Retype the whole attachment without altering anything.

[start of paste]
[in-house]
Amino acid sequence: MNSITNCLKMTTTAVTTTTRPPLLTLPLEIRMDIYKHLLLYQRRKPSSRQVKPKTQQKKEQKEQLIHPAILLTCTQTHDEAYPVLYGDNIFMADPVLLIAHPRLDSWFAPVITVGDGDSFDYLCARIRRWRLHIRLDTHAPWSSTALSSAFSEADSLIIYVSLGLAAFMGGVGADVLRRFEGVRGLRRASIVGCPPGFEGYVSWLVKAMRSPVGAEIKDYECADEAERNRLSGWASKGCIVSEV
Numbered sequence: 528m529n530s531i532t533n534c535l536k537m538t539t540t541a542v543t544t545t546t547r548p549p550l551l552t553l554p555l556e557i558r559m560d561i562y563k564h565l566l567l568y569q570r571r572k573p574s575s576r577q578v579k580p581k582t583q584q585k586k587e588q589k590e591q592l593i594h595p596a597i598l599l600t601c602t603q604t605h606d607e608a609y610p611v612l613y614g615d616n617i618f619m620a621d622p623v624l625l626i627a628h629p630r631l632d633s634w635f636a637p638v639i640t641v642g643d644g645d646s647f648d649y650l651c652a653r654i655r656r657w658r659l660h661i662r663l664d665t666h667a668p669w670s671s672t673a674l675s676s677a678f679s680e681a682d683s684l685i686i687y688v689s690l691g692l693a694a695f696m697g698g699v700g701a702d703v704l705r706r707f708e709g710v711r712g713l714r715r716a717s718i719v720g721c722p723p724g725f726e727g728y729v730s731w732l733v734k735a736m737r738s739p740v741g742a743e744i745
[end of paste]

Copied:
[in-house]
Amino acid sequence: MNSITNCLKMTTTAVTTTTRPPLLTLPLEIRMDIYKHLLLYQRRKPSSRQVKPKTQQKKEQKEQLIHPAILLTCTQTHDEAYPVLYGDNIFMADPVLLIAHPRLDSWFAPVITVGDGDSFDYLCARIRRWRLHIRLDTHAPWSSTALSSAFSEADSLIIYVSLGLAAFMGGVGADVLRRFEGVRGLRRASIVGCPPGFEGYVSWLVKAMRSPVGAEIKDYECADEAERNRLSGWASKGCIVSEV
Numbered sequence: 528m529n530s531i532t533n534c535l536k537m538t539t540t541a542v543t544t545t546t547r548p549p550l551l552t553l554p555l556e557i558r559m560d561i562y563k564h565l566l567l568y569q570r571r572k573p574s575s576r577q578v579k580p581k582t583q584q585k586k587e588q589k590e591q592l593i594h595p596a597i598l599l600t601c602t603q604t605h606d607e608a609y610p611v612l613y614g615d616n617i618f619m620a621d622p623v624l625l626i627a628h629p630r631l632d633s634w635f636a637p638v639i640t641v642g643d644g645d646s647f648d649y650l651c652a653r654i655r656r657w658r659l660h661i662r663l664d665t666h667a668p669w670s671s672t673a674l675s676s677a678f679s680e681a682d683s684l685i686i687y688v689s690l691g692l693a694a695f696m697g698g699v700g701a702d703v704l705r706r707f708e709g710v711r712g713l714r715r716a717s718i719v720g721c722p723p724g725f726e727g728y729v730s731w732l733v734k735a736m737r738s739p740v741g742a743e744i745